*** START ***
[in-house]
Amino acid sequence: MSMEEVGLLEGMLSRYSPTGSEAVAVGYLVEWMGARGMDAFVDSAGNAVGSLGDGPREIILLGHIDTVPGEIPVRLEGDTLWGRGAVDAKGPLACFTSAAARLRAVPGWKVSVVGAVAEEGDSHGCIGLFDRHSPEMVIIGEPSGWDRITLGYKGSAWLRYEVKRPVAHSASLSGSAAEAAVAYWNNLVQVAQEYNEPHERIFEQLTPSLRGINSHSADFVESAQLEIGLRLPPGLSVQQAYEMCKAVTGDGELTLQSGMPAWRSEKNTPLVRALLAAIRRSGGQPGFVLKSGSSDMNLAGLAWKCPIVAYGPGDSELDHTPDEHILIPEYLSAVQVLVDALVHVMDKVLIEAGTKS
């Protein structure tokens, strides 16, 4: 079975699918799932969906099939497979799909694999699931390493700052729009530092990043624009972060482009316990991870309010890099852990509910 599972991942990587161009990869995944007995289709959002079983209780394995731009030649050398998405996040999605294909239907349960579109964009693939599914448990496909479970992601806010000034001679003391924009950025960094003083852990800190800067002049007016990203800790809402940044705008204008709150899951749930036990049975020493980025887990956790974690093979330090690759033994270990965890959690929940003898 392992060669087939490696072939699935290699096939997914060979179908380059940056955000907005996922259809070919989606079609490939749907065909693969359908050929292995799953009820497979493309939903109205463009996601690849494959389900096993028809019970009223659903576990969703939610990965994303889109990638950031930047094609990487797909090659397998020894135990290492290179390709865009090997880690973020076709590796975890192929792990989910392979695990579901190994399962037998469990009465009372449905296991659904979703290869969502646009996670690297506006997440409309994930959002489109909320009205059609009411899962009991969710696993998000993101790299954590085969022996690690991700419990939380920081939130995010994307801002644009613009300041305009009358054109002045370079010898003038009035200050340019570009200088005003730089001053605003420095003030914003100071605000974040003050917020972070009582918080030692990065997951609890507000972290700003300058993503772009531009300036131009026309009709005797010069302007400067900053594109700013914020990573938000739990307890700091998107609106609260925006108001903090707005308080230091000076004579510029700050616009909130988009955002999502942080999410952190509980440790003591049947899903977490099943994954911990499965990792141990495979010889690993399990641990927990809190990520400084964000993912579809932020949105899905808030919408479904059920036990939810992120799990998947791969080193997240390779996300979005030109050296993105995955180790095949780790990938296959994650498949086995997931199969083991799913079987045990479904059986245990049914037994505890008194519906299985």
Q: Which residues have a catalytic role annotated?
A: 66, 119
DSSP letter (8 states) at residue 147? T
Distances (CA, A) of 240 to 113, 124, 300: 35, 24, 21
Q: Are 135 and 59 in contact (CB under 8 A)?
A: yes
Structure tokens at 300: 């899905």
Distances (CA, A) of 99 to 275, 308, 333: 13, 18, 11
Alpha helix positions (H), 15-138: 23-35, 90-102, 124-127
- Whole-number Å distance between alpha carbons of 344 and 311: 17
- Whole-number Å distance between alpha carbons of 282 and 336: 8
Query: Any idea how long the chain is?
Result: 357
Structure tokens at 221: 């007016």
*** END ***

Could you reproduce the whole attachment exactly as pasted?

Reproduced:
[in-house]
Amino acid sequence: MSMEEVGLLEGMLSRYSPTGSEAVAVGYLVEWMGARGMDAFVDSAGNAVGSLGDGPREIILLGHIDTVPGEIPVRLEGDTLWGRGAVDAKGPLACFTSAAARLRAVPGWKVSVVGAVAEEGDSHGCIGLFDRHSPEMVIIGEPSGWDRITLGYKGSAWLRYEVKRPVAHSASLSGSAAEAAVAYWNNLVQVAQEYNEPHERIFEQLTPSLRGINSHSADFVESAQLEIGLRLPPGLSVQQAYEMCKAVTGDGELTLQSGMPAWRSEKNTPLVRALLAAIRRSGGQPGFVLKSGSSDMNLAGLAWKCPIVAYGPGDSELDHTPDEHILIPEYLSAVQVLVDALVHVMDKVLIEAGTKS
């Protein structure tokens, strides 16, 4: 079975699918799932969906099939497979799909694999699931390493700052729009530092990043624009972060482009316990991870309010890099852990509910 599972991942990587161009990869995944007995289709959002079983209780394995731009030649050398998405996040999605294909239907349960579109964009693939599914448990496909479970992601806010000034001679003391924009950025960094003083852990800190800067002049007016990203800790809402940044705008204008709150899951749930036990049975020493980025887990956790974690093979330090690759033994270990965890959690929940003898 392992060669087939490696072939699935290699096939997914060979179908380059940056955000907005996922259809070919989606079609490939749907065909693969359908050929292995799953009820497979493309939903109205463009996601690849494959389900096993028809019970009223659903576990969703939610990965994303889109990638950031930047094609990487797909090659397998020894135990290492290179390709865009090997880690973020076709590796975890192929792990989910392979695990579901190994399962037998469990009465009372449905296991659904979703290869969502646009996670690297506006997440409309994930959002489109909320009205059609009411899962009991969710696993998000993101790299954590085969022996690690991700419990939380920081939130995010994307801002644009613009300041305009009358054109002045370079010898003038009035200050340019570009200088005003730089001053605003420095003030914003100071605000974040003050917020972070009582918080030692990065997951609890507000972290700003300058993503772009531009300036131009026309009709005797010069302007400067900053594109700013914020990573938000739990307890700091998107609106609260925006108001903090707005308080230091000076004579510029700050616009909130988009955002999502942080999410952190509980440790003591049947899903977490099943994954911990499965990792141990495979010889690993399990641990927990809190990520400084964000993912579809932020949105899905808030919408479904059920036990939810992120799990998947791969080193997240390779996300979005030109050296993105995955180790095949780790990938296959994650498949086995997931199969083991799913079987045990479904059986245990049914037994505890008194519906299985």
Q: Which residues have a catalytic role annotated?
A: 66, 119
DSSP letter (8 states) at residue 147? T
Distances (CA, A) of 240 to 113, 124, 300: 35, 24, 21
Q: Are 135 and 59 in contact (CB under 8 A)?
A: yes
Structure tokens at 300: 């899905």
Distances (CA, A) of 99 to 275, 308, 333: 13, 18, 11
Alpha helix positions (H), 15-138: 23-35, 90-102, 124-127
- Whole-number Å distance between alpha carbons of 344 and 311: 17
- Whole-number Å distance between alpha carbons of 282 and 336: 8
Query: Any idea how long the chain is?
Result: 357
Structure tokens at 221: 């007016």